Ateios Systems’ CEO Rajan Kumar Ph.D. is not only helping to drive manufacturing innovation in the fast-growing modern battery industry but is also driving innovation in the creation and commercialization of new battery products.
By involving prospective partners in the process of designing and engineering batteries, Ateios Systems is working to reduce time to market and reduce overall costs that are traditionally associated with legacy lab development operations.
The global battery market size was valued at USD 104.31 billion in 2022 and is expected to expand at a compound annual growth rate (CAGR) of 15.8 percent from 2023 to 2030, according to a recent study published by Grand View Research.
“The high use of UPS devices in healthcare, chemical, and oil & gas sectors for continuous power supply is expected to propel the growth of the battery market, the report explains, adding that “the lithium-ion battery is expected to capture a significant portion of the lead acid battery market during the forecast period on account of their low energy density and lightweight. The U.S. market is anticipated to witness substantial growth in the forecast period owing to favorable government policies and increasing electric vehicle and consumer electronics sales in the country.”
Over 95 percent of batteries are produced overseas, and during the global pandemic when supply chain issues grew, it became even more difficult to obtain batteries, and given the unstoppable growth of battery -operated consumer electronic devices, EVs, phones and more don’t work without batteries which need to be lighter weight and more powerful, Kumar Ph.D. is determined to become a strong competitor with products “Made in the USA.”
There has been very little innovation in the process for manufacturing batteries over the last five decades, and with a traditional process that relies on the use and re-use of toxic liquids, and the costly nature of legacy manufacturing, the company is focused on alternatives – including how new batteries are envisioned, designed, and commercialized.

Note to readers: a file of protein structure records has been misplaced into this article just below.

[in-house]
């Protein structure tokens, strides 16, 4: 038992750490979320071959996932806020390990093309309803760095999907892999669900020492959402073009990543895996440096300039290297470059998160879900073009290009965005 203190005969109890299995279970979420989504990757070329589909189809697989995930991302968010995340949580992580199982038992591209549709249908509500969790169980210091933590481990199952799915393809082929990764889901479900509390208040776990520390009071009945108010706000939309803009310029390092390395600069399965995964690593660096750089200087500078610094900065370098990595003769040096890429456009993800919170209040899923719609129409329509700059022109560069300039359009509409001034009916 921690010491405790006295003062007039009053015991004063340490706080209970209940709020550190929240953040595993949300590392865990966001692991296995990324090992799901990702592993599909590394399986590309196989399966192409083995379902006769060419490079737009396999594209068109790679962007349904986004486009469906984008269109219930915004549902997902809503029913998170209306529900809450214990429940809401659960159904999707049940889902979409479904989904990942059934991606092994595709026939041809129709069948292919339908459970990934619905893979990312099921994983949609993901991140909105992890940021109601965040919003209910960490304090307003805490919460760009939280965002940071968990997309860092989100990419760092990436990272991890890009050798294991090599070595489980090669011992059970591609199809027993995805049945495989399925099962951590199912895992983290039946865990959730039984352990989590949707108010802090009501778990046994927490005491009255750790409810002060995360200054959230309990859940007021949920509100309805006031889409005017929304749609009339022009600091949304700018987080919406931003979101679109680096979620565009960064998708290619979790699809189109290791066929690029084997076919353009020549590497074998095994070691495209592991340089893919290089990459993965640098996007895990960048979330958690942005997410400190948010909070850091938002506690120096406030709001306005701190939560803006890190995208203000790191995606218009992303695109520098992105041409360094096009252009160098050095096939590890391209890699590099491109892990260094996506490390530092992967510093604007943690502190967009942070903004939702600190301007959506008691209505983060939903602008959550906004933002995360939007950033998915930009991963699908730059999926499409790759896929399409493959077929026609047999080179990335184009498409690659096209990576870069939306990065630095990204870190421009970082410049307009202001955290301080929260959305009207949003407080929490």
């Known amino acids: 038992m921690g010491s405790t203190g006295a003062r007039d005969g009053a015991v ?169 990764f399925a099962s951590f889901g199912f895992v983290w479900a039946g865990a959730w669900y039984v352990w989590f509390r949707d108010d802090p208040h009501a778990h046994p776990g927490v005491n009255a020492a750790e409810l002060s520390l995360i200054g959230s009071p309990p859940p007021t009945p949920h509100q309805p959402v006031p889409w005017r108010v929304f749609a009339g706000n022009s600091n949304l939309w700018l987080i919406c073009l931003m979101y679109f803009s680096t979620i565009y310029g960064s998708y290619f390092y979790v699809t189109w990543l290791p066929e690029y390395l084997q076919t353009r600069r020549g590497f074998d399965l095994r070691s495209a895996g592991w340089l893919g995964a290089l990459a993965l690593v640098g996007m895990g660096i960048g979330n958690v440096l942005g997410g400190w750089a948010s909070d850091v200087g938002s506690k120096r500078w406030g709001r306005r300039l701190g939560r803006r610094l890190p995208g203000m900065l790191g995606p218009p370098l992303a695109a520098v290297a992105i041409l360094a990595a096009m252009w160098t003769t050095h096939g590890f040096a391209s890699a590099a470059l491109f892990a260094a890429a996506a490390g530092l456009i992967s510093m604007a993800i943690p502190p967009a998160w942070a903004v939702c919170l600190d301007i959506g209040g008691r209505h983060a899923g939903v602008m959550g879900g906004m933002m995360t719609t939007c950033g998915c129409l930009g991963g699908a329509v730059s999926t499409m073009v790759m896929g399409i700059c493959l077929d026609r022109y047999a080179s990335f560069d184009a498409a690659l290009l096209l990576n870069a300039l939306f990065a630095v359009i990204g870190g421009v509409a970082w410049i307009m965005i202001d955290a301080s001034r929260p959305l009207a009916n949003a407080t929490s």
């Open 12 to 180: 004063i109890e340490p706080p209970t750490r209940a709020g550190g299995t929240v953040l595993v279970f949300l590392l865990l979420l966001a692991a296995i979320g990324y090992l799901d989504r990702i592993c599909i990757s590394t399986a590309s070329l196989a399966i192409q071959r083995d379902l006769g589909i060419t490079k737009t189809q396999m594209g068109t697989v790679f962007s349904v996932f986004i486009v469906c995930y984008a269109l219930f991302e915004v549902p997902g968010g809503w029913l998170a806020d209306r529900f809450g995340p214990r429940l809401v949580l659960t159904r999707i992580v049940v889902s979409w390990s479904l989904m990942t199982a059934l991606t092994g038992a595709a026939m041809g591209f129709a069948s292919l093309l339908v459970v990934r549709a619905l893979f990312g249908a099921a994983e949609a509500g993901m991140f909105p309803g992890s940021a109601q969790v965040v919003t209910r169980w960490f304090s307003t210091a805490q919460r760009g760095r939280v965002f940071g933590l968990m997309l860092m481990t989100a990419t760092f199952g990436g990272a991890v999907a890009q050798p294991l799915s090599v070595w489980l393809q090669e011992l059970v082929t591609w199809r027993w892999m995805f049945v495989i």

Using composite materials with electron curable polymers, Ateios has developed a new battery manufacturing process that is solventless and non-toxic. Leveraging years of work being done by scientists and researchers at the US Department of Energy’s Oak Ridge National Laboratory (ORNL), Ateios has produced batteries that are small enough, light enough, and powerful enough to support a wide variety of applications.
For many years, the battery industry has relied on high-temperature toxic solvents to mix battery powders with thermoplastic polymers to make a composite film, called an electrode. The solvents make it easy to create a composite glob that can be coated onto a metal foil with great uniformity.
Once the foil is coated, the solvents are removed, leaving just a film containing the composite powder and binder. Once made, the film is processed and die cut then assembled with other electrodes or components that can power a wide range of devices. The industry is now finding the use of solvents creates bottlenecks, limiting the ability to increase energy density, and is expensive to remove. In the entire battery manufacturing process, the drying step accounts for nearly 47 percent of the energy costs and CO2 emissions.